Oct 5 – 8 Oktoberfest. NOMA Square, beside Hyatt Regency will be transformed into a Bavarian Biergarten during a free 4 day community celebration! Don your lederhosen or dirndl and join us.  Four days of live music, German beer, brats, and contests to help celebrate the German influence in our community. Check their website for a schedule of events.

Oct 5 – 19 – Online fundraising auction held by the Greenville Woodworker’s Guild. Items for auction include: Any wood item made by members, either turned or flat stock, including pens and pencils, bowls, platters, lidded boxes, rolling pins, cutting boards, bandsawn boxes, jewelry, Christmas ornaments, furniture, etc. Proceeds from the auction will benefit Project Host.

Oct 7Project Dance8am – 5pm.  Outdoor Dance Event.  INTEGRITY TO INSPIRE. This year we welcome Natassia and Carl Harris to offer master workshops in hip hop during our Sunday dance classes. We’ll be back on the gorgeous stage at the Peace Center for the Performing Arts in downtown Greenville. Our Sunday classes will take place at Dance Arts Greenville.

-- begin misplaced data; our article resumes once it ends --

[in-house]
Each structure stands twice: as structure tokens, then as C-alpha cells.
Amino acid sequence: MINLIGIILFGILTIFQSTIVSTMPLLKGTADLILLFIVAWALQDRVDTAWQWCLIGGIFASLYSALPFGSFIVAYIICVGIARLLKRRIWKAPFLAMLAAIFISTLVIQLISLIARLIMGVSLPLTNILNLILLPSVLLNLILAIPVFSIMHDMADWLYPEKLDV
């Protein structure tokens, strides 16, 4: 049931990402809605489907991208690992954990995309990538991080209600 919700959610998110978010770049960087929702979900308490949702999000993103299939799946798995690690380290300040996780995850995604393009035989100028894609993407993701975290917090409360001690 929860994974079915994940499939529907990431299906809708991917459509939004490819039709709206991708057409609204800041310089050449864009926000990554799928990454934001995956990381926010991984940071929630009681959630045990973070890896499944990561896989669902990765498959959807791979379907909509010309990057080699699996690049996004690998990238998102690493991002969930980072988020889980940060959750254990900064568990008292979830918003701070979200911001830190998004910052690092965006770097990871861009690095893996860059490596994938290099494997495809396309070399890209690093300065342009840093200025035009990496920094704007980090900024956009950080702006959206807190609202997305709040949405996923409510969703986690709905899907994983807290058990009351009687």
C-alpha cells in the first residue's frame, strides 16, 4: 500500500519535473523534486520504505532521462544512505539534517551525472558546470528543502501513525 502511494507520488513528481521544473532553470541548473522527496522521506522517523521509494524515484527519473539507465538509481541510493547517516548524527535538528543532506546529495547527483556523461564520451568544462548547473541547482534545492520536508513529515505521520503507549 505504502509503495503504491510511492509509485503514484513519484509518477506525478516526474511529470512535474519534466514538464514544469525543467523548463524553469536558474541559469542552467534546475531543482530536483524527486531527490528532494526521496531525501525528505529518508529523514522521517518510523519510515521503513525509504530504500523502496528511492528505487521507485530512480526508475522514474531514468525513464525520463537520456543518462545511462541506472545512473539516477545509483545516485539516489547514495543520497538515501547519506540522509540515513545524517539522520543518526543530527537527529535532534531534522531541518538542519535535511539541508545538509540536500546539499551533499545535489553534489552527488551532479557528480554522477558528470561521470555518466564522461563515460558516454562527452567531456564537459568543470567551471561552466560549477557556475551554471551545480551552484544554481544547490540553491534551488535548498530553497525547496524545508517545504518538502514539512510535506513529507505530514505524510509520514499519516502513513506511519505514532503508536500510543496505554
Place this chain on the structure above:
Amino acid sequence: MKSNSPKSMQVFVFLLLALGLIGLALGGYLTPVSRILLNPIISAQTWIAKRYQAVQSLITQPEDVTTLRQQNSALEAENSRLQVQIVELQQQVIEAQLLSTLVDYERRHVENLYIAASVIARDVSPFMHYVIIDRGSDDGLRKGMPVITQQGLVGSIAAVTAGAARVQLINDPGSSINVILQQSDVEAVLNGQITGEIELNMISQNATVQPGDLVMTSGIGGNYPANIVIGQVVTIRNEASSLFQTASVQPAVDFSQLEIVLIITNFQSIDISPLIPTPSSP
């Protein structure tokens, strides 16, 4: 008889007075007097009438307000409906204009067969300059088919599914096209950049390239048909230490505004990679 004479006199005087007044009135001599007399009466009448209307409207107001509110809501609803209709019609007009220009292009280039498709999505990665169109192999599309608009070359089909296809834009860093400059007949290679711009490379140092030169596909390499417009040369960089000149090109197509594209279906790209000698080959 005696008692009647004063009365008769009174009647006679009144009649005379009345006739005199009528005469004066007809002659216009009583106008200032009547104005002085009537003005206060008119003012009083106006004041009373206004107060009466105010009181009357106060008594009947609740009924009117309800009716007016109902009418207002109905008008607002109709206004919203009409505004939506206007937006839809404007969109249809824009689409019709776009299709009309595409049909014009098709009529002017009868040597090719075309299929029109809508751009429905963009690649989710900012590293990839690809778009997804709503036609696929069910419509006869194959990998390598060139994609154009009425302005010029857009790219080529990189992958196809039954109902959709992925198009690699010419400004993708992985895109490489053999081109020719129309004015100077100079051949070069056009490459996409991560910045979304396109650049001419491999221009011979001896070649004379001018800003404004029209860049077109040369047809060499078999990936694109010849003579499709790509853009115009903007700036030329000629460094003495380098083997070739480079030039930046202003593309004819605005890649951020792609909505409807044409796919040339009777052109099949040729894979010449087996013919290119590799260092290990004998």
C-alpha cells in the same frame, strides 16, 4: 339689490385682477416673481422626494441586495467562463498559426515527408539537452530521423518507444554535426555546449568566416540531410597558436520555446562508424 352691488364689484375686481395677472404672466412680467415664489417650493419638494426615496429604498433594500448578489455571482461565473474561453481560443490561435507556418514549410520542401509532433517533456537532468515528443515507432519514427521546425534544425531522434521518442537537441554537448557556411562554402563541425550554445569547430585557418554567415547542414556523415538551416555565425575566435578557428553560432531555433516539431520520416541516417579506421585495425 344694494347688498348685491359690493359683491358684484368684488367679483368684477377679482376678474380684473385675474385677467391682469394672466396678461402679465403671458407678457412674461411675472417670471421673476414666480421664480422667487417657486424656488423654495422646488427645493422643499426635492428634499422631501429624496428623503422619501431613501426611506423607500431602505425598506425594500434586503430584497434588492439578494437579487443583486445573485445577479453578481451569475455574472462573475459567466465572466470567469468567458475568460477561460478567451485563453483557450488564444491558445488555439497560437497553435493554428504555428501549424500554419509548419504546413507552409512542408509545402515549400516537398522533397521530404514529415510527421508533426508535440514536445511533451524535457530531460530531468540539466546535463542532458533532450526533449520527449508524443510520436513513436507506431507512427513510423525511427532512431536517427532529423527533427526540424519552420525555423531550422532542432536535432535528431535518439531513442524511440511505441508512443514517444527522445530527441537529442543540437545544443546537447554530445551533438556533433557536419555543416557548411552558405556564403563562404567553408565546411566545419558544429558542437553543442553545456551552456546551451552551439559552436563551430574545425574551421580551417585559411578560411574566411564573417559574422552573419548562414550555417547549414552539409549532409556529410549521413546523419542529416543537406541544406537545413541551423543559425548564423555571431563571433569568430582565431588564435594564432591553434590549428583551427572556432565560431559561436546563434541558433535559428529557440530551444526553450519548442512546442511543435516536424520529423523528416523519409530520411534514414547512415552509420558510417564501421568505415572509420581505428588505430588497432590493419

Oct 12-15BB&T Fall for Greenville.  Thursday Night Kick-Off Concert:  6-10pm.  3-day food festival.  Discover a world of tempting tastes, sights and sounds, as mouthwatering aromas carry you along Greenville’s Main Street. With over 40 restaurants featuring over 200 menu items and free entertainment on seven stages, we invite you to enjoy the Southeast’s most popular outdoor festival.

Oct 12  – Hillcrest Garden Club Meeting.  10:00 a.m., Kilgore Lewis House.  All are invited.  The program is “Winter Blooming, Night Blooming Plants and Planning for Spring Planting.”  Call Mary Roberts at 864.458.7735 for more details.

Oct 20Boo in the Zoo.  5:30 – 8PM.  Greenville Zoo’s annual family-friendly Halloween event for children ages 12 and under features trick-or-treating, fun-filled booths and an un-haunted house. Children must be accompanied by an adult, and everyone is invited to come in costume.

Oct 21 – Kilgore Lewis House.  Plant Sale and Fall Festival.  9am – 2pm.  There will be lots of plants from our gardens AND vendors with great gifts to purchase!

Late Oct or Early NovNMCA Fall Social.  Main and Stone.  Mark your calendars now and don’t miss it.  Help us welcome in fall and visit with your friends and neighbors.  Watch for more information soon.


Hard to believe but Halloween is just around the corner.  Send us your events so we can let our members and readers know about them.  Just email northmaincomm@gmail.com


The use of trade names or advertisements in this publication does not constitute endorsement or discrimination by the North Main Community Association


NMCA Newsletter (09/2017)